While living and working in London at restaurants and doing private cheffing they were inspired by Margot Boyce-White’s acclaimed Covent Gardens vegetarian restaurant, Food for Thought, “which opened in 1974, the year we were born” (and closed in 2015). And Books for Cooks in Notting Hill. “A little café in a bookstore.”

“By then we knew we wanted to do something ourselves when we returned,” says Clare.

“We loved these two places. Went to them as often as we could.”

They were also taken by the concept of paying a set price and being dished a plate of food that they were introduced to in the unlikely setting of petrol stations on the autobahns in Germany.

On annual trips to the Cape the Ras twins seek out unusual wines for their list. (Photo: Wanda Hennig)

“You will love Sprigs,” I recall a friend telling me – must have been 2004 when I was back in Durban for a couple of months from the San Francisco Bay Area, my then-home – before insisting we go there for lunch. “They have this incredible spread. All these lovely fresh creative dishes they make. You choose what you want to eat, they weigh it and you pay by weight. Have it with a glass of wine.”

Only since Covid have they stopped offering this buffet, which evolved and changed with the seasons, with dietary fads and fashions (“people are more into keto now than Banting and we’re doing a lot more gluten-free and vegan than we used to”), with new recipes developed. Always keeping the menu fresh and interesting, the meals wholesome and delicious. The focus on flavour and freshness.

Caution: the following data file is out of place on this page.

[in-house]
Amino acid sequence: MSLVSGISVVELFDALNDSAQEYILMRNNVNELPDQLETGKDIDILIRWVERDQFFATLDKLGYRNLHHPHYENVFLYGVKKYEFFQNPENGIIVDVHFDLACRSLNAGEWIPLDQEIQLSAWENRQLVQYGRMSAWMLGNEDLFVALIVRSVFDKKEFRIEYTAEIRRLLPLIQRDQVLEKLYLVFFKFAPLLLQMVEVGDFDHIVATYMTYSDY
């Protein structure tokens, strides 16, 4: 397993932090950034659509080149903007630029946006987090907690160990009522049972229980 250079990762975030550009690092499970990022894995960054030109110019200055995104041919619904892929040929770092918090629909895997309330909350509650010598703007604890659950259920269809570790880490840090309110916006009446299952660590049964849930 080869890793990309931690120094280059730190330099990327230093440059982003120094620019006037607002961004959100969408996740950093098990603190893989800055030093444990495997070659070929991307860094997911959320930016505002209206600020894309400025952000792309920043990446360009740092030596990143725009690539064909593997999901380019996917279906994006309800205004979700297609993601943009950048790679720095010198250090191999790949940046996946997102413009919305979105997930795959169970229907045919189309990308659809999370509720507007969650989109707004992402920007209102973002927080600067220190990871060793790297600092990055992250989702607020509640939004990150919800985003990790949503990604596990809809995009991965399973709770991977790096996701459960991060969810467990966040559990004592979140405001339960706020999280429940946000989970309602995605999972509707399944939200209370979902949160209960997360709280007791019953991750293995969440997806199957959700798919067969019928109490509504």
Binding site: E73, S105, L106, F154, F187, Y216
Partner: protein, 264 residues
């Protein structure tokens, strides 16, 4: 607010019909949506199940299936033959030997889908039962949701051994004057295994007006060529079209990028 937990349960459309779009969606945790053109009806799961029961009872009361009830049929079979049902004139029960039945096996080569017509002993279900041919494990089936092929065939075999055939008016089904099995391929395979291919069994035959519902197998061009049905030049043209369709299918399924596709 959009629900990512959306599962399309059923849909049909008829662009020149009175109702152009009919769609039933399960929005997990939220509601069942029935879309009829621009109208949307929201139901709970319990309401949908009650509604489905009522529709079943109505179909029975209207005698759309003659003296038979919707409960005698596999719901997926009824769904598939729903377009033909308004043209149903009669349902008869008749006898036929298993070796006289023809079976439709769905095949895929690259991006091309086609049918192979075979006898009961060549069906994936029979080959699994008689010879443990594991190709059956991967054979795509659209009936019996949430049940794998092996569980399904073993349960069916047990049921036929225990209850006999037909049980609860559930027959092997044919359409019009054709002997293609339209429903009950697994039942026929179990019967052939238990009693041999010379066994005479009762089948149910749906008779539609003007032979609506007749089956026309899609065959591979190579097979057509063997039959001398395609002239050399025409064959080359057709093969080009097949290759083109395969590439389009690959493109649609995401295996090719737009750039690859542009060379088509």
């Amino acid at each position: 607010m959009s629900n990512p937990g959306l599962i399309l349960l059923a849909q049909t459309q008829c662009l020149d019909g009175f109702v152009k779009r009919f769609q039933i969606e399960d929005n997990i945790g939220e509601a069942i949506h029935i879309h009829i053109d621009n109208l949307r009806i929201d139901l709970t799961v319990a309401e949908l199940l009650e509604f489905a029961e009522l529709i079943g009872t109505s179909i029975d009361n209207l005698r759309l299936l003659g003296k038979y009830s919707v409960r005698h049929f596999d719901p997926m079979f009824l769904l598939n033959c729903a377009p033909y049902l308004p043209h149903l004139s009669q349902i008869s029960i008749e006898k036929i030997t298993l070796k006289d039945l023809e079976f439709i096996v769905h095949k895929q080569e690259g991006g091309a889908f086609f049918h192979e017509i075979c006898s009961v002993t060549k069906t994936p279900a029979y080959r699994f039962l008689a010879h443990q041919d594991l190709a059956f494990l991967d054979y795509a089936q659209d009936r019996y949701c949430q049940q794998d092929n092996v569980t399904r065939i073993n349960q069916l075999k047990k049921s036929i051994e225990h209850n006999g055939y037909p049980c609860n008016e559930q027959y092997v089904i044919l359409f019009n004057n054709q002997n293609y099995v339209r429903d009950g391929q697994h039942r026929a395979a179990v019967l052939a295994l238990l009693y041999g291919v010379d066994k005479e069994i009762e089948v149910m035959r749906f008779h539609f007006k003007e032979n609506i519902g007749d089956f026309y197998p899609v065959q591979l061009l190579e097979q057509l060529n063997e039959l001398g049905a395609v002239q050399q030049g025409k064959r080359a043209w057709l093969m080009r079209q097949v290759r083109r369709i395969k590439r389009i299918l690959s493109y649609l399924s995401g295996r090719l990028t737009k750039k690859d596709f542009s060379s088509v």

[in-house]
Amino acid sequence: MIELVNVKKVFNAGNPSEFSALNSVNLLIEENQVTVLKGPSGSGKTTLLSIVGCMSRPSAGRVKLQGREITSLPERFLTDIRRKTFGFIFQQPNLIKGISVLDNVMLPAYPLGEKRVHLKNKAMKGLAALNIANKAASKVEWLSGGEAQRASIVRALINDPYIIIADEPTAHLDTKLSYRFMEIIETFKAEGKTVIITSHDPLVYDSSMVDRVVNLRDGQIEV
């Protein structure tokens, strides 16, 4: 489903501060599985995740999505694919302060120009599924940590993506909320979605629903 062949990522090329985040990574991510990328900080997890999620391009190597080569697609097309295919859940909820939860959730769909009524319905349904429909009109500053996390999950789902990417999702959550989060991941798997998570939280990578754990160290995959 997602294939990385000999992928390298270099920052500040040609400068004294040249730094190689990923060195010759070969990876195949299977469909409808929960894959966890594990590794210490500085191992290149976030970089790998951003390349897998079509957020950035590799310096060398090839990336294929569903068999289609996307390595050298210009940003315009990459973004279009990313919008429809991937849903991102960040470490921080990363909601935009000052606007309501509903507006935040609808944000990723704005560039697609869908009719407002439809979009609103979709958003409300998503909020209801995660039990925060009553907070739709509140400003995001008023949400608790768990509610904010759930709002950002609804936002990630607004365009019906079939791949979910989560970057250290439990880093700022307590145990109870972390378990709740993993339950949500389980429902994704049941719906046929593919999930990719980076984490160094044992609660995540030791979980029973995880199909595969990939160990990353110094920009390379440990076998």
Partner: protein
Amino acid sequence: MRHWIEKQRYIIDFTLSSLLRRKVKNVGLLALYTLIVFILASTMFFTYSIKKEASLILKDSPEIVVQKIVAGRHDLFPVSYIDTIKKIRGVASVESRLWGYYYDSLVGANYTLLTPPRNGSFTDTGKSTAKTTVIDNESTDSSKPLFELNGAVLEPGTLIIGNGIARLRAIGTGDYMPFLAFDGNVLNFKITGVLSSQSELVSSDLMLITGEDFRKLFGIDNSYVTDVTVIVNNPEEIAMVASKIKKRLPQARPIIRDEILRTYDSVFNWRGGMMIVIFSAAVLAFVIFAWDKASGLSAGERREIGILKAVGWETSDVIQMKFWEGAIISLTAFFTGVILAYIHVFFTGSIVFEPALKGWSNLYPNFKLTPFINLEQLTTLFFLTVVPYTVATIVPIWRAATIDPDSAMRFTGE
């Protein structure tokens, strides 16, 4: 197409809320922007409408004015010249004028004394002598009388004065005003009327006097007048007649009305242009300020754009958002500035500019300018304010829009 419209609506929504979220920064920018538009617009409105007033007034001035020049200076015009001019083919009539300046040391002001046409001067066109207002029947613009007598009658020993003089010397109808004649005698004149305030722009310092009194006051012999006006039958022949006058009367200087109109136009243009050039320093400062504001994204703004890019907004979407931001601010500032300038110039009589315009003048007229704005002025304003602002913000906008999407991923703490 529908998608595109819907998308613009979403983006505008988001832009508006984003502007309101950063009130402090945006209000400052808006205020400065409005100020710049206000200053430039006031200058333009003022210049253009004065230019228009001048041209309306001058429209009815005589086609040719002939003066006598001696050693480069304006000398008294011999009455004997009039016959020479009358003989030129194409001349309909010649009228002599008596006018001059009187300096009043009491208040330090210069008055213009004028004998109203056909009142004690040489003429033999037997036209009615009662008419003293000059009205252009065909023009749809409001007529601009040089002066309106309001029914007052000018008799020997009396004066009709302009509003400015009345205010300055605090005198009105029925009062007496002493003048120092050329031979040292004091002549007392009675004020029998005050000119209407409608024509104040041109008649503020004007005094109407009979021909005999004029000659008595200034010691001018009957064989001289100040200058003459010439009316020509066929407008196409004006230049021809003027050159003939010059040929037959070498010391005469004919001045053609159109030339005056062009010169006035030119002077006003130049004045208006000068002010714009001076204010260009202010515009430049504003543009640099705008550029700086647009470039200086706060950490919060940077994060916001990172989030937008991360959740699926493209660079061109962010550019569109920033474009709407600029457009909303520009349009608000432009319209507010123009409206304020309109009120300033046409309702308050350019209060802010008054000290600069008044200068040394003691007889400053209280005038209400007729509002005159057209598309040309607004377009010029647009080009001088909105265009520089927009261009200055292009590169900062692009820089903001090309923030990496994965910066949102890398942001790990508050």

The wall menu behind the barista’s bar-with-wine still reads Lunch Buffet R260kg.

It is such a signature for them, “We’re leaving that there, hoping we can introduce it again sometime,” says Clare.

Covid, not surprisingly, has led to many adaptations.

They were forced during the initial hard lockdown to shut for two weeks. Then they got their essential services accreditation. “But, remember, for a period one was not permitted to cook food and retail it.”

So they cooked Monday to Thursday and sold Friday and Saturday. Meals-to-go. People could pick up. Alternatively, they delivered: “all over Durban and as far from Kloof as La Lucia and Umhlanga”.

“That’s how we managed to get through.” 

This was before they streamlined the deli items and added a greater variety of fresh, wholesome, seasonal, made-from-scratch packaged dishes: their signature style from when they launched. Many items for home use they can sell bottled and jarred. And not just theirs.

To make up for all they have had to cut back including the by-weight buffet, they have become stockists of homeware, gifts, planters, flowers. A Mungo textiles home kitchen range.

The Ras twins regularly search South Africa for beautiful artisanal produce for their shop. (Photo: Wanda Hennig)

Annually for several years now the Ras twins have gone to the Cape four or five times on what are essentially treasure hunts.

“The Oranjezicht market is a favourite place. We usually start by walking the market with friends. Always looking for things to share. Restaurants, cafés, wineries: we get inspiration from them all.”

They haven’t been travelling since Covid. But with many people staying home, they have made a point of remotely finding interesting things to add.